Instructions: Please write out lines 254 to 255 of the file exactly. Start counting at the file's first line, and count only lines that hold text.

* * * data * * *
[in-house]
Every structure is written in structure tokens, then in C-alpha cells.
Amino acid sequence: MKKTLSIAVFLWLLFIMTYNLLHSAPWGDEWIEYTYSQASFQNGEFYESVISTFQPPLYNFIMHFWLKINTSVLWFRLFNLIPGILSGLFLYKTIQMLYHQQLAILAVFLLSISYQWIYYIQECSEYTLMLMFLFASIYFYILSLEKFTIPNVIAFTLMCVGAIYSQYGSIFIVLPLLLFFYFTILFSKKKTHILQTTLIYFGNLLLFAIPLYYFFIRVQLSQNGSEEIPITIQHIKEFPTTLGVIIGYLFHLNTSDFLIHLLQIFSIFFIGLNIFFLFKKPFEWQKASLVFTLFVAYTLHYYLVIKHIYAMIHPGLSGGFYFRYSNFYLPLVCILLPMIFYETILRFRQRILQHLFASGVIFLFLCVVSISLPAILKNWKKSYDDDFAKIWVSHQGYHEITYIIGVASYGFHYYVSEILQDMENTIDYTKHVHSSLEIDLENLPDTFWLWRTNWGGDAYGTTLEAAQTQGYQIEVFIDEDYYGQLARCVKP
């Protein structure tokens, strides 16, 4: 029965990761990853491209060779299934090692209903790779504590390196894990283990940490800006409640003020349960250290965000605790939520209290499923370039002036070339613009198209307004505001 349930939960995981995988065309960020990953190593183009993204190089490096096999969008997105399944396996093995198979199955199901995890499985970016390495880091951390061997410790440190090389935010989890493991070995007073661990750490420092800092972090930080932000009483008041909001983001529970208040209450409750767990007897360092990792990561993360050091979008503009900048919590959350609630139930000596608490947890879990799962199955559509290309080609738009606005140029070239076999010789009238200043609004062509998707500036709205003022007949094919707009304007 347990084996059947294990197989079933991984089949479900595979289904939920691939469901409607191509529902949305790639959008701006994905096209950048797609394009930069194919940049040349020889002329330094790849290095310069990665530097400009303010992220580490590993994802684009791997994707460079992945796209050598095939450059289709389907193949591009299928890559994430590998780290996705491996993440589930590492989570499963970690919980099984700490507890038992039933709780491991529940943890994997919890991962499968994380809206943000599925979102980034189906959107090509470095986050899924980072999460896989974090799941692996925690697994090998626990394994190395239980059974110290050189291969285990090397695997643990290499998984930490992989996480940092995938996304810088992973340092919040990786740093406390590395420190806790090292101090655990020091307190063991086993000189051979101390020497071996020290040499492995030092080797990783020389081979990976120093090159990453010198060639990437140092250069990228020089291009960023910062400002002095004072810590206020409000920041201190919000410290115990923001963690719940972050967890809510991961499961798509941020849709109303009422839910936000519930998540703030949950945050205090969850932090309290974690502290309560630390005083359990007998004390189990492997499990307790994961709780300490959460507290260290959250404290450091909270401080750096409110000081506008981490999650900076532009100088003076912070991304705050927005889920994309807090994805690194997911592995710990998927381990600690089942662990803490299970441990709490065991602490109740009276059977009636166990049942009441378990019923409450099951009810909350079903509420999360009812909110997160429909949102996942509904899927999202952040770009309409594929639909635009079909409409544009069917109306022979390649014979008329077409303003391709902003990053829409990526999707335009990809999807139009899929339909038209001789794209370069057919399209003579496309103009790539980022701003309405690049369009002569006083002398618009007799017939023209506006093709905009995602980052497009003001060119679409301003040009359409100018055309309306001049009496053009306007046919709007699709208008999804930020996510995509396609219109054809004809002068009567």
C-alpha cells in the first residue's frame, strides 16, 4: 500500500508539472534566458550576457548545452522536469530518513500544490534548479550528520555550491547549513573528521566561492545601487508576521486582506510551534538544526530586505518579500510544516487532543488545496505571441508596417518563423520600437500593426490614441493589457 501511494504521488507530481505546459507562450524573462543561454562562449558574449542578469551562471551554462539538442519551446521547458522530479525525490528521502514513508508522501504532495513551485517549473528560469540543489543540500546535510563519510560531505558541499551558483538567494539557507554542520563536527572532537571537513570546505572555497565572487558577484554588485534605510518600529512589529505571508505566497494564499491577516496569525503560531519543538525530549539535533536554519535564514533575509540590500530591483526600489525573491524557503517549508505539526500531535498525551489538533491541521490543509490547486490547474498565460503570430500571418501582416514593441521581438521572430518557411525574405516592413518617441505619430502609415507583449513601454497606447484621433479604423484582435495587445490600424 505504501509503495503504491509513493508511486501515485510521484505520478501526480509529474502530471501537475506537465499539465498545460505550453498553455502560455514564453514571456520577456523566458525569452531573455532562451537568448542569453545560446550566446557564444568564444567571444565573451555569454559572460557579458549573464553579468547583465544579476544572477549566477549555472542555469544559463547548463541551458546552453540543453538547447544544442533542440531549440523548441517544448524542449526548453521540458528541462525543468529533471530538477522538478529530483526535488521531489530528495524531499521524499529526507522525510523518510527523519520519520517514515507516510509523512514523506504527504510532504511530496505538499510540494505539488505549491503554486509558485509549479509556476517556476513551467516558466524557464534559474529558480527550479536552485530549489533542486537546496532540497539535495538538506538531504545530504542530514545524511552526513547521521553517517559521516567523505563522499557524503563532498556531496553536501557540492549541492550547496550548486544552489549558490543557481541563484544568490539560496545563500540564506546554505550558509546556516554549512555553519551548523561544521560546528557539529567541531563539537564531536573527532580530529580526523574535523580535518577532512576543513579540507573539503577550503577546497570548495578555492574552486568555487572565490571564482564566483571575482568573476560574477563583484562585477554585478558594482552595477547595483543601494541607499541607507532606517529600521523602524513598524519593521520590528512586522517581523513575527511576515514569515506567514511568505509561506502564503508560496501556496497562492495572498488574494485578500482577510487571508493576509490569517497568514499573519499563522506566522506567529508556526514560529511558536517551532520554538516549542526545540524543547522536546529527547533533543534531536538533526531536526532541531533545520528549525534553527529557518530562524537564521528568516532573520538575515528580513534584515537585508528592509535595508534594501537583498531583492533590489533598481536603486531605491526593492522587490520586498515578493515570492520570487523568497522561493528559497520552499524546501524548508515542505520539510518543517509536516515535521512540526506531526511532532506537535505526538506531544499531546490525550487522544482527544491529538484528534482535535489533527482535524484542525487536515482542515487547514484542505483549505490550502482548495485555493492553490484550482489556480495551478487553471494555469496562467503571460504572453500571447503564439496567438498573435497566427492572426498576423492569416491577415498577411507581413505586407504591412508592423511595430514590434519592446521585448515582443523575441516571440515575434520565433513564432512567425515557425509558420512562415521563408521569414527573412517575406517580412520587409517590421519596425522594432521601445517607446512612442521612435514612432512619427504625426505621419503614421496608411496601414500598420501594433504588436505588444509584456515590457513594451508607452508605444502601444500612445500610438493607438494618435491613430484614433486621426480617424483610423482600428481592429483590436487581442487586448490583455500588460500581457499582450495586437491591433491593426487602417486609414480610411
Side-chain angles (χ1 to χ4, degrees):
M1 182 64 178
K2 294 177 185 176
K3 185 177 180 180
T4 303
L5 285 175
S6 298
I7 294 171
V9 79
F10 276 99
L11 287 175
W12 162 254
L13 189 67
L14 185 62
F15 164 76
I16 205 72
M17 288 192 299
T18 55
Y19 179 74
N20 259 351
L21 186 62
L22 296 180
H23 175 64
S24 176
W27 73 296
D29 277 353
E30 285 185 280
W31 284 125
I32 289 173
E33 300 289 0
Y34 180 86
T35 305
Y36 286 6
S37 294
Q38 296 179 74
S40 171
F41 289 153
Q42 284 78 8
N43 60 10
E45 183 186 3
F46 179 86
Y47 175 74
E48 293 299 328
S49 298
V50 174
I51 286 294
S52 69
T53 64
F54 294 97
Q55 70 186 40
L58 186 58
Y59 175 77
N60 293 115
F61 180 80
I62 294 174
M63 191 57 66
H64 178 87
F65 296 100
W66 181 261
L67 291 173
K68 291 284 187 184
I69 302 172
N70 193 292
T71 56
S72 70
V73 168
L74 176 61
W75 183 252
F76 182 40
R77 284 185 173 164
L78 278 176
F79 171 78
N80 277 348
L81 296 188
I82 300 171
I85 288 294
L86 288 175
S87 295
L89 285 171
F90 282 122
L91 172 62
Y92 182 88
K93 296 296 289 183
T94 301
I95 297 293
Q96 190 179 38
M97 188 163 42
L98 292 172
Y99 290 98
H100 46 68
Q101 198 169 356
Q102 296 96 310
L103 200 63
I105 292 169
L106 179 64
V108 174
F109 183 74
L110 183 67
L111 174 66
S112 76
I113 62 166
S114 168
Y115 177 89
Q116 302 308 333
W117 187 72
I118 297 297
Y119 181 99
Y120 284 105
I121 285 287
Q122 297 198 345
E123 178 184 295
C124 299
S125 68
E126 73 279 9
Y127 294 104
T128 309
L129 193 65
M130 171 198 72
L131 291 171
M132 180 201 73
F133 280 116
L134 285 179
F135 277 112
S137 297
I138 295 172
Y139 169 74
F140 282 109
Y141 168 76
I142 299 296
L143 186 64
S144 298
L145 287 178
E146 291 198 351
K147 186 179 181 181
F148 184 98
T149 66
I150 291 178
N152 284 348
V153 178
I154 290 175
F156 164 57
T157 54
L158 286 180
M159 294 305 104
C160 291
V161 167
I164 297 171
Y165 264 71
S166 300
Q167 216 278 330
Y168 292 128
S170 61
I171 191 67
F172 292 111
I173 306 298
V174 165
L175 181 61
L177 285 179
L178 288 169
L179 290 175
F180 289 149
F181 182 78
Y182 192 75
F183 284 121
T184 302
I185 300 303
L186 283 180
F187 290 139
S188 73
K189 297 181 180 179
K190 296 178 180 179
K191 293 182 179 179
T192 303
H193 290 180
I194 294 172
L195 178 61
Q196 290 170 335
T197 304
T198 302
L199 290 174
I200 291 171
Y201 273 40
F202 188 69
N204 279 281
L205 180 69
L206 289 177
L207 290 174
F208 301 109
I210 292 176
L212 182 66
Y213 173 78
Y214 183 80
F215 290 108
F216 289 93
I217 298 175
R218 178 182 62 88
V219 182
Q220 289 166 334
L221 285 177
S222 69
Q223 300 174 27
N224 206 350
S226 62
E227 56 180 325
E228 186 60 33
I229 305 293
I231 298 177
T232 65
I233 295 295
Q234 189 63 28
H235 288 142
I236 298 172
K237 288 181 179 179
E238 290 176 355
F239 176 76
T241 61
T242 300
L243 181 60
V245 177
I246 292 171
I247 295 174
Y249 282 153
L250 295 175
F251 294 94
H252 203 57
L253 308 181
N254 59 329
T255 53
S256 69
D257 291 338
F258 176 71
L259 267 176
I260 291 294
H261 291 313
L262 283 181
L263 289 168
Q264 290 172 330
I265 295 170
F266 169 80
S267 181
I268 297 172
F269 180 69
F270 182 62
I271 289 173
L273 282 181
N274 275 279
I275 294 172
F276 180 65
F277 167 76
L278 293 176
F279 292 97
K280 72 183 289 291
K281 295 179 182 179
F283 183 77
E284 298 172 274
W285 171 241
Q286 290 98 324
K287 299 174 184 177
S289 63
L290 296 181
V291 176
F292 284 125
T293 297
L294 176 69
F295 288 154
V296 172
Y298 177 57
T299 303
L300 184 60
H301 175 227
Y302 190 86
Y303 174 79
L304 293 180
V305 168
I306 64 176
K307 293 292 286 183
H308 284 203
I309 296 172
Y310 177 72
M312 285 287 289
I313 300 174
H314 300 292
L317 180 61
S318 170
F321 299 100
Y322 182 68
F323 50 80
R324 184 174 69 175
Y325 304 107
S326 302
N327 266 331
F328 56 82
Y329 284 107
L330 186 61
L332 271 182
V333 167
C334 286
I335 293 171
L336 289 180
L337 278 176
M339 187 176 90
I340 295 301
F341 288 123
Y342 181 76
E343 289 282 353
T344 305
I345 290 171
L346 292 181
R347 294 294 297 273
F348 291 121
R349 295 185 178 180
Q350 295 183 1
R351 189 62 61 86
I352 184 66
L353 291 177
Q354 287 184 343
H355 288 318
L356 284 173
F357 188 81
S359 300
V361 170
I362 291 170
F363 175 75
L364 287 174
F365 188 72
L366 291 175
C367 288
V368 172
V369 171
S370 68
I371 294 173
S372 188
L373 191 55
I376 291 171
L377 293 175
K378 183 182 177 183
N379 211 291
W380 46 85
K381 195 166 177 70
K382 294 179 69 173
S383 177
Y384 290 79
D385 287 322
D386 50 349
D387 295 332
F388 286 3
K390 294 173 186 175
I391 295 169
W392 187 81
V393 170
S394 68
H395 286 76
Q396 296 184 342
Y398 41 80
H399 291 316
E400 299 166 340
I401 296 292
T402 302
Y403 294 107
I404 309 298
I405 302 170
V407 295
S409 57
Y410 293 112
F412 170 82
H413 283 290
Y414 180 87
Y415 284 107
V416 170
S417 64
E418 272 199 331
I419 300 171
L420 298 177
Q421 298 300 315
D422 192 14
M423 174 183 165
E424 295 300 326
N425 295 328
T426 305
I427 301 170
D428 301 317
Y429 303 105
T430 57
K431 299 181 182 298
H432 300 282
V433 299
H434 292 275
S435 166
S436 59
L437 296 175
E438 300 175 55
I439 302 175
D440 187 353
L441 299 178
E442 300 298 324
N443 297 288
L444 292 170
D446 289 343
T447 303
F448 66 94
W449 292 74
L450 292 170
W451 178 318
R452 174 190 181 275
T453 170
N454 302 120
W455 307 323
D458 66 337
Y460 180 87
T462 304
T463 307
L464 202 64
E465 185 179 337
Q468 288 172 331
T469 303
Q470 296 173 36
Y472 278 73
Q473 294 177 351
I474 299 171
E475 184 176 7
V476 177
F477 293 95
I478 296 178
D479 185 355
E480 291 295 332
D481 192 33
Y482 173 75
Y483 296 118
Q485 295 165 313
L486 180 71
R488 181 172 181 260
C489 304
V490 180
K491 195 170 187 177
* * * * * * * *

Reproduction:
F277 167 76
L278 293 176